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tv   BBC World News Outside Source  PBS  January 26, 2022 5:00pm-5:31pm PST

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♪ ♪ narrator: funding for this presentation of this program is provided by... woman: the rules of business are being reinvented with a more flexible workforce. by embracing innovation, by looking not only at current opportunities, but ahead to future ones. man: people who know, know bdo. narrator: funding was also provided by, the freeman foundation. by judy and peter blum kovler foundation; pursuing solutions for america's neglected needs. and by contributions to this pbs station from
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viewers like you. thank you. announcer: and now, "bbc world news". ♪ ros: this is "bbc world news outside source." as of remain on ukraine's border, america has responded to demands from nato to hold back. >> if russia chooses aggression, it is a path that will lead to massive consequences. ros: prince andrew demanding a trial. in westminster, everyone is waiting for the report that could determine worse johnson's future -- boris johnson's future. >> the coats his ministers who
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knowingly leave are expected to offer their resignation, does the prime minister believe that applies to him? >> of course, but i think he is inviting a question about an investigation. i cannot comment. ros: the oldest member of the supreme court will step down. president biden will now have a chance to nominate a successor to stephen breyer. let us start with tensions around ukraine. russia wants the u.s. to give a guarantee that ukraine will never join nato. here is the u.s. secretary of state. >> our response reflects what i said last week. we are open to dialogue. we prefer diplomacy and are
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prepared to move forward where there is the possibility of medication, cooperation. if russia deescalate, stops the inflammatory rhetoric, and approaches discussions about security in a spirit of reciprocity. ros: the secretary-general of nato. >> every nation has the right to choose its own path. nato respects a country or a nation whethey decide to apply for nato membership, as for instance ukraine, or when they decide to not apply, as finland and sweden have done. this is about respecting the right for self determination. ros: but the focus is the border between ukraine and russia. over 100,000 russian troops are amassed. we know there are also in neighboring belarus.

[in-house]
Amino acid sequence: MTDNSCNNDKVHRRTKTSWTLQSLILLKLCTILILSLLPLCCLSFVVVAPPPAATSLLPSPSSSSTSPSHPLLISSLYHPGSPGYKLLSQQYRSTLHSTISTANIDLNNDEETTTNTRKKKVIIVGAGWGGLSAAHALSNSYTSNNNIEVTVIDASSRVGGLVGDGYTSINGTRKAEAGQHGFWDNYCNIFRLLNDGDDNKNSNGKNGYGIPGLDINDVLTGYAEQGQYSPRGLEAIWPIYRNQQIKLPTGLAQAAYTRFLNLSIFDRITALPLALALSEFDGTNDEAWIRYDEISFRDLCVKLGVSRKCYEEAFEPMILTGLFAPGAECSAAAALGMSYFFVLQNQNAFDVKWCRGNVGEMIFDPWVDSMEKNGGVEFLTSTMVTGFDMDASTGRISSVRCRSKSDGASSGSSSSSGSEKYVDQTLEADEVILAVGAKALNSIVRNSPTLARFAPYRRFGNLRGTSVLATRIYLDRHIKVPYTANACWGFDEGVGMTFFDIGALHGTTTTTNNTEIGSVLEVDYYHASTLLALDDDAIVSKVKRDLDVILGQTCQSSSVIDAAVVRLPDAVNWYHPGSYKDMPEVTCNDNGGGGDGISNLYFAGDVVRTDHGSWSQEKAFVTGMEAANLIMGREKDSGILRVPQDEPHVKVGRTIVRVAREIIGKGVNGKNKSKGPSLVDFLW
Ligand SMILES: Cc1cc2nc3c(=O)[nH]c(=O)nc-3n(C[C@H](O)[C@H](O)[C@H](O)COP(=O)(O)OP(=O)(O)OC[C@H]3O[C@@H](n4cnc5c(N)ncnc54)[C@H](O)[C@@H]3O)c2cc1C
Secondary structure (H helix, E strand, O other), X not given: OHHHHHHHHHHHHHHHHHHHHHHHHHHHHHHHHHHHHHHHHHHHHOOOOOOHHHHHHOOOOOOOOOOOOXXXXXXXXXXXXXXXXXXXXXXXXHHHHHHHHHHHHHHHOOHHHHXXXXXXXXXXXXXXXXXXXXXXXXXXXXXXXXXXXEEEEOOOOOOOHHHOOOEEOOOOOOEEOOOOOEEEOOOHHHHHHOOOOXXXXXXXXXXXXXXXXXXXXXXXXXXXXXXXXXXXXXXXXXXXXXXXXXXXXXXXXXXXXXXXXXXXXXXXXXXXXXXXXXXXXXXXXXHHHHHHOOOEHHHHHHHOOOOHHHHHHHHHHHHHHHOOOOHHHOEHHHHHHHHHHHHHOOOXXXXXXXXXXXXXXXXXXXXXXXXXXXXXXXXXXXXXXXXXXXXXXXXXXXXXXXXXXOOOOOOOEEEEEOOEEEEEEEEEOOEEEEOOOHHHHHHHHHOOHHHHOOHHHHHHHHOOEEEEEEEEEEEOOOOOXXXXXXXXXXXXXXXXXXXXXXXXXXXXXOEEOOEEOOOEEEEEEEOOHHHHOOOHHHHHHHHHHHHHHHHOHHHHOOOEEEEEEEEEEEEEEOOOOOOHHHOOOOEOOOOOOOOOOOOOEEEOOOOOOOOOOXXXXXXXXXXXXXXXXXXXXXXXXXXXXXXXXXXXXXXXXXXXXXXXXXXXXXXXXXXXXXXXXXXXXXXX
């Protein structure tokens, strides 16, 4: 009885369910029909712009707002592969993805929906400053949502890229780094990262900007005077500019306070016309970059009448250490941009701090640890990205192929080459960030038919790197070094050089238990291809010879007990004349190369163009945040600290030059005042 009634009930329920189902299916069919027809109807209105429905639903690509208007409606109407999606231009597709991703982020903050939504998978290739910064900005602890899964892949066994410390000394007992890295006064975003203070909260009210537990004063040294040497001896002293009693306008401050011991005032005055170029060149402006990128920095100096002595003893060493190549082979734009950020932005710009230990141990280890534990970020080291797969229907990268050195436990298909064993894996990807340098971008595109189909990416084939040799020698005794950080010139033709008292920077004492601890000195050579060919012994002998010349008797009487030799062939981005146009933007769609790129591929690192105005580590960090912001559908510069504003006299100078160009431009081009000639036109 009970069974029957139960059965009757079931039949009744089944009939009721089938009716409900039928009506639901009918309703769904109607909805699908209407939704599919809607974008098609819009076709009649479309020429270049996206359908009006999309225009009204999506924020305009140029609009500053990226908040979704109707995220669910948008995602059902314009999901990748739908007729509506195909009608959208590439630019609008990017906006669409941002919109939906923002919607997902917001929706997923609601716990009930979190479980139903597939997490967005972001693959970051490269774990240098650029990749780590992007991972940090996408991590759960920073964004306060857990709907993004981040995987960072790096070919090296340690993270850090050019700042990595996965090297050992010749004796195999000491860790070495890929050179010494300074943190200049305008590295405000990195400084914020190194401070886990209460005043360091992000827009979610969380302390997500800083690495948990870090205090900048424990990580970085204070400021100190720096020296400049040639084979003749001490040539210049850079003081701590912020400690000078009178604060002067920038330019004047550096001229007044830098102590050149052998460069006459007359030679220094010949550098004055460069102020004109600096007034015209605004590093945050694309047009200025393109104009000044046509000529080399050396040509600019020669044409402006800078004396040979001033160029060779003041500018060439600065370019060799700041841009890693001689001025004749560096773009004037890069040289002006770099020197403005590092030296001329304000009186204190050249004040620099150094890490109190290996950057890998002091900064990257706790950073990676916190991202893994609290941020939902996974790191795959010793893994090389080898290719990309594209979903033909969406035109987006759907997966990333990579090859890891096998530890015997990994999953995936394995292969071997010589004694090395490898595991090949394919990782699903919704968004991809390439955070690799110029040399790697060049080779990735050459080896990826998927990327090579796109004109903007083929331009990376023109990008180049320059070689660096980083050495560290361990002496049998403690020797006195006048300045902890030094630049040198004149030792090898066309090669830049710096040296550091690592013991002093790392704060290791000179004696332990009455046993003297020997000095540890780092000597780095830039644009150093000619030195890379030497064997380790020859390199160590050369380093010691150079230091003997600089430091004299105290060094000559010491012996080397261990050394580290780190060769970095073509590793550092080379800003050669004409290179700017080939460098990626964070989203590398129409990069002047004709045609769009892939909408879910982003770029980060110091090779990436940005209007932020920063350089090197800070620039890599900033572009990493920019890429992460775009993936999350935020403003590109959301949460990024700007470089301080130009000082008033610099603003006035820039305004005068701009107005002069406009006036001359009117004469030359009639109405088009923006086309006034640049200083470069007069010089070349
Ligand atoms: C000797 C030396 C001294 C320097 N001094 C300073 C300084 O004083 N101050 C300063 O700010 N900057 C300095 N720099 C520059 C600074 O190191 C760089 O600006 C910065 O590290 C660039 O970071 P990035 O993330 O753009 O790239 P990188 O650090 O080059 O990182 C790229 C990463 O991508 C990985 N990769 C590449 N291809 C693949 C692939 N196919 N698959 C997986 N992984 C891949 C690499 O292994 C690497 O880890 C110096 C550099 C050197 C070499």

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this is the mission we -- message we received from the russian foreign minister. >> the u.s. and its allies have abandoned diplomatic rules and have been seeking to undermine our country with sanctions as well as increasing military pressure. they are trying to draw kyiv into provocations against russia. ros: the u.s. embassy in ukraine now urging americans to leave the country, saying the situation was unpredictable. but the ukrainian foreign minister has been playing down fears of imminent invasion. >> the number of russian troops amassed along the border of ukraine and in the occupied territories is large. it poses a threat to ukraine, a direct threat.
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however, at the moment, this number is insufficient for the full-scale offensive. ros: economic sanctions are one of the main weapons the west has. in the u.k., liz trust has been outlining what that could look like. >> we are abo to legislate to be able to introduce even tougher sanctions on russia shld they stage an incursion. sanctions would target individuals within the elite, financial institutions, important companies. ros: russia has consistently denied that it is planning t invade ukraine, but it is also said that it would consider taking unspecified terry action unless the west agrees to its demands -- military action
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unless the west agrees to its demands. there is no way they are going to do that. let us hear the thoughts and analysis of a former u.s. ambassador to ukraine. >> this is a greater threat. ukrainians do not want to panic. they are not prone to panic. they do need to take it seriously. the west needs to deter vladimir putin. deterrence is coming and farms of military equipment, resupply, reinforcements to nato, as well as harsh sanctions, even on vladimir putin. ros: the analysis of a bbc correspondent in washington. >> they have been telegraphing it significantly. they have put out this paper,
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written responses to the russian demands. it is something the kremlin had been insisting on getting. it was delivered by the u.s. ambassador. the americans reject the main russian demands denying nato membership to ukraine, pulling back the nato presence from eastern europe, at least that is what we understand mr. blinken said there had been no concessions made and every principal upheld, but also he elaborated on areas where he thinks there is some common ground they could talk to the russians around in terms of security concerns, missile deployments, confidence building measures. they put it down in writing what they have been telling the russians verbally. ros: in 2014, when russia annexed crimea, the west issued condemnation and sanctions.
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but it did not take military action. what are the americans saying about what they might do if russia were to invade this time? >> they are saying that there would be a economic sanctions, sanctions not on the table in 2014 and that would hit the financial and industrial sector of russia hard. the would increase weapon support to include -- to ukraine and they are saying they would both start nato's presence in eastern europe. they have recently put 8500 ips on alert to do just that if necessary. it will not send troops to ukraine. president biden has been clear. ukraine is not a nato member. there is no obligation to do so, and the americans do not want to get caught up in a direct war with the russians. ros: as you talk to the defense